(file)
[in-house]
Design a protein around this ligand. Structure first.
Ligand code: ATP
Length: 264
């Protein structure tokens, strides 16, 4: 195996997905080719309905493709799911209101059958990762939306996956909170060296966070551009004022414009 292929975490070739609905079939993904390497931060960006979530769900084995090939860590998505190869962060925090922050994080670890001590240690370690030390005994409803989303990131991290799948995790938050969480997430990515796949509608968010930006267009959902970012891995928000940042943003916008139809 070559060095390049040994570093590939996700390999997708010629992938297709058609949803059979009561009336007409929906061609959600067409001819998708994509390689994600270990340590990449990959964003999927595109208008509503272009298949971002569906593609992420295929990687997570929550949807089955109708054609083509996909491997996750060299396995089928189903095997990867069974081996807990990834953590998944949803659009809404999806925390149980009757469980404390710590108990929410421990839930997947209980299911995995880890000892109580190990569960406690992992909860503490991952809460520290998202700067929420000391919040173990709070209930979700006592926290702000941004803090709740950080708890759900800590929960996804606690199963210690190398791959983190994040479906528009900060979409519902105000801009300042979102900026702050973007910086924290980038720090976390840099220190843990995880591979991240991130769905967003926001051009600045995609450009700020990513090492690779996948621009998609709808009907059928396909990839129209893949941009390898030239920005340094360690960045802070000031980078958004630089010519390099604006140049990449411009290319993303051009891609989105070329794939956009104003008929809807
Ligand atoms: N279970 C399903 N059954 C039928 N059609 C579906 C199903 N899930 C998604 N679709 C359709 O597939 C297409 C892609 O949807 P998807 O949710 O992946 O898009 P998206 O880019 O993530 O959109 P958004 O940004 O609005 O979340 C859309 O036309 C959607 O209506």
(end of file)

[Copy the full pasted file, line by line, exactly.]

[in-house]
Design a protein around this ligand. Structure first.
Ligand code: ATP
Length: 264
């Protein structure tokens, strides 16, 4: 195996997905080719309905493709799911209101059958990762939306996956909170060296966070551009004022414009 292929975490070739609905079939993904390497931060960006979530769900084995090939860590998505190869962060925090922050994080670890001590240690370690030390005994409803989303990131991290799948995790938050969480997430990515796949509608968010930006267009959902970012891995928000940042943003916008139809 070559060095390049040994570093590939996700390999997708010629992938297709058609949803059979009561009336007409929906061609959600067409001819998708994509390689994600270990340590990449990959964003999927595109208008509503272009298949971002569906593609992420295929990687997570929550949807089955109708054609083509996909491997996750060299396995089928189903095997990867069974081996807990990834953590998944949803659009809404999806925390149980009757469980404390710590108990929410421990839930997947209980299911995995880890000892109580190990569960406690992992909860503490991952809460520290998202700067929420000391919040173990709070209930979700006592926290702000941004803090709740950080708890759900800590929960996804606690199963210690190398791959983190994040479906528009900060979409519902105000801009300042979102900026702050973007910086924290980038720090976390840099220190843990995880591979991240991130769905967003926001051009600045995609450009700020990513090492690779996948621009998609709808009907059928396909990839129209893949941009390898030239920005340094360690960045802070000031980078958004630089010519390099604006140049990449411009290319993303051009891609989105070329794939956009104003008929809807
Ligand atoms: N279970 C399903 N059954 C039928 N059609 C579906 C199903 N899930 C998604 N679709 C359709 O597939 C297409 C892609 O949807 P998807 O949710 O992946 O898009 P998206 O880019 O993530 O959109 P958004 O940004 O609005 O979340 C859309 O036309 C959607 O209506």